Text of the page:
(Reuters) - Etihad Airways on Thursday answered U.S. airlines' claims that the Abu Dhabi-based carrier benefits from subsidies, alleging that those airlines received more than $70 billion in government support since 2000, largely via bankruptcy protection and pension guarantees.
Etihad presented its subsidy claims as the Obama administration is slated to broaden its review of U.S. carriers' allegations that Etihad, Emirates [EMIRA.UL] and Qatar Airways have received more than $40 billion in Gulf-state subsidies, letting them lower prices and push U.S. competitors out of certain markets.
The Gulf carriers have denied the subsidy allegations. Rather, Etihad says it has received equity and loans from its sole shareholder, the government of Abu Dhabi.
Risk Advisory Group Plc, hired by Etihad, reviewed public data on Delta Air Lines Inc, United Continental Holdings Inc, American Airlines Group Inc and the companies with which they have merged to arrive at the $70 billion figure.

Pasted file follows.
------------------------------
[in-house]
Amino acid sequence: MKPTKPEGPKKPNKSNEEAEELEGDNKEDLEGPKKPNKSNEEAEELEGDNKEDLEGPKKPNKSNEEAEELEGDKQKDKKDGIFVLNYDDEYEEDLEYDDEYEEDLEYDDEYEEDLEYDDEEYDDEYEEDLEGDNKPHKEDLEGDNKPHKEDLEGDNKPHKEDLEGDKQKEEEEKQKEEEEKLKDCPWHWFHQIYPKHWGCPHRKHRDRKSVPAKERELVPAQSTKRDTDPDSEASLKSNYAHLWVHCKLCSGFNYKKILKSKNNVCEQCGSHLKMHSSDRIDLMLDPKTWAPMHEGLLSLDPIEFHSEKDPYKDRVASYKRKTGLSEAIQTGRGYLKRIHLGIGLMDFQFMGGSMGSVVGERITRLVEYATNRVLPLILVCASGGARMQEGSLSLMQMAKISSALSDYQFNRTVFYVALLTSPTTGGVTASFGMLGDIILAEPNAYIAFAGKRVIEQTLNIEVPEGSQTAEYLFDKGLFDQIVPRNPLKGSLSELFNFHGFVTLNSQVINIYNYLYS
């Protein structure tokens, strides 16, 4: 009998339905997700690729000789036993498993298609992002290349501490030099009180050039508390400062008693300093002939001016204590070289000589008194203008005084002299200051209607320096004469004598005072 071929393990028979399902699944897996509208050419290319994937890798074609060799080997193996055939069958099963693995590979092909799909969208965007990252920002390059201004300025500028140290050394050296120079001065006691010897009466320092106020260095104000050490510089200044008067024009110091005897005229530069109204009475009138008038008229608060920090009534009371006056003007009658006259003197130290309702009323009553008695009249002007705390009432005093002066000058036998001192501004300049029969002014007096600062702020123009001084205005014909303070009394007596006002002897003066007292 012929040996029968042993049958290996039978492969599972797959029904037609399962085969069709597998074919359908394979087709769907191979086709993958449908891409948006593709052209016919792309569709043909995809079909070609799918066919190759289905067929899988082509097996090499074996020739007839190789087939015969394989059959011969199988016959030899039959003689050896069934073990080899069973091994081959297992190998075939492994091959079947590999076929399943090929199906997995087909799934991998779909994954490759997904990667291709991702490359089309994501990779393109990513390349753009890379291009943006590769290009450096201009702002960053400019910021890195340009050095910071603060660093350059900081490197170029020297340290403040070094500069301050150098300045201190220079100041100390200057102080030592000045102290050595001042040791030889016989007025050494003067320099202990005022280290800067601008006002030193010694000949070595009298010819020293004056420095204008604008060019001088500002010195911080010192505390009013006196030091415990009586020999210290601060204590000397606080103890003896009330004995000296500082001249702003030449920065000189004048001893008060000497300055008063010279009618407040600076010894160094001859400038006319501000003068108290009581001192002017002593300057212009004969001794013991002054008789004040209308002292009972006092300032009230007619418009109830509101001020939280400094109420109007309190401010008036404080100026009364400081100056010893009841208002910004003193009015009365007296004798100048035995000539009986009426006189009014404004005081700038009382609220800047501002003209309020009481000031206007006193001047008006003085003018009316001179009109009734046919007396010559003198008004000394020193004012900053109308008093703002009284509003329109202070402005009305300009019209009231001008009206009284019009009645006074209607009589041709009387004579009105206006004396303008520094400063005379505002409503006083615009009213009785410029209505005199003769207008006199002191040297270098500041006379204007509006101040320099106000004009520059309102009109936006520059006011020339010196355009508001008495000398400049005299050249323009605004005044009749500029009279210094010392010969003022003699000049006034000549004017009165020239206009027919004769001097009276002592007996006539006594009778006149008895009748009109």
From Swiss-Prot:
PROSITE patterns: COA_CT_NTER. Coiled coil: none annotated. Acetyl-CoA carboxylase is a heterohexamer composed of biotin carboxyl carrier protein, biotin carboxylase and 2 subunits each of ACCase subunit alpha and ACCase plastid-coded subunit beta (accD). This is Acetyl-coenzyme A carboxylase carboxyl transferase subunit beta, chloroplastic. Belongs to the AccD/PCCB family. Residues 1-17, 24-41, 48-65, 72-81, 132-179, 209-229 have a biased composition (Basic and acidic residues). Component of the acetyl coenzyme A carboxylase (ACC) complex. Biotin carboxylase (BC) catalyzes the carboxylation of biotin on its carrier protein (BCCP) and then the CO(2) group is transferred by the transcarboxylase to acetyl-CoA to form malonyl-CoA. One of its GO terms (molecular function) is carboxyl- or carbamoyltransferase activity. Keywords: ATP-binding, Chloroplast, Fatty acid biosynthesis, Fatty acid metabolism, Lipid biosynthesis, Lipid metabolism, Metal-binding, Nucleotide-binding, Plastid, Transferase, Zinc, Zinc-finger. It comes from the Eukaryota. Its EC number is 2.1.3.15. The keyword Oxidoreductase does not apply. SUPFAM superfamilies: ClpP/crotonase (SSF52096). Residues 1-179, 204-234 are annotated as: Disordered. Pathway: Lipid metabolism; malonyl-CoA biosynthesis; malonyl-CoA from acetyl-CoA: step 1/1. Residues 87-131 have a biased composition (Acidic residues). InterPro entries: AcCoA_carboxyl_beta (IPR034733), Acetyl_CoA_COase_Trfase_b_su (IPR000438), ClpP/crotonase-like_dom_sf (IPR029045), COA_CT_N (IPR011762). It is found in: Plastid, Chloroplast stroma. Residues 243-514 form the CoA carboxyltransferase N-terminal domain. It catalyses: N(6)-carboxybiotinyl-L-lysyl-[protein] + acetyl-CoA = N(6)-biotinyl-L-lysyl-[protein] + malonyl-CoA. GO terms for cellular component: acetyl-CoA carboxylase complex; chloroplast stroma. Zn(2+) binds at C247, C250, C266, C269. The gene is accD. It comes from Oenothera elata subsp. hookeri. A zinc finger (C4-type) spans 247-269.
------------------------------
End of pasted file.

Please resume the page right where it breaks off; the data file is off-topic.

"We simply wish to highlight the fact that U.S. carriers have been benefiting and continue to benefit from a highly favorable legal regime," Etihad's General Counsel Jim Callaghan said in a news release.
U.S. airlines have dismissed similar charges.
"The Chapter 11 (bankruptcy) process is not a 'subsidy,' as established by international trade law," Jill Zuckman, spokeswoman for a U.S airline-union coalition known as the Partnership for Open & Fair Skies, said Thursday. "In addition, U.S. taxpayers are not liable for any restructuring of airline pension plans in bankruptcy."
Reporting By Jeffrey Dastin in New York; Editing by Christian Plumb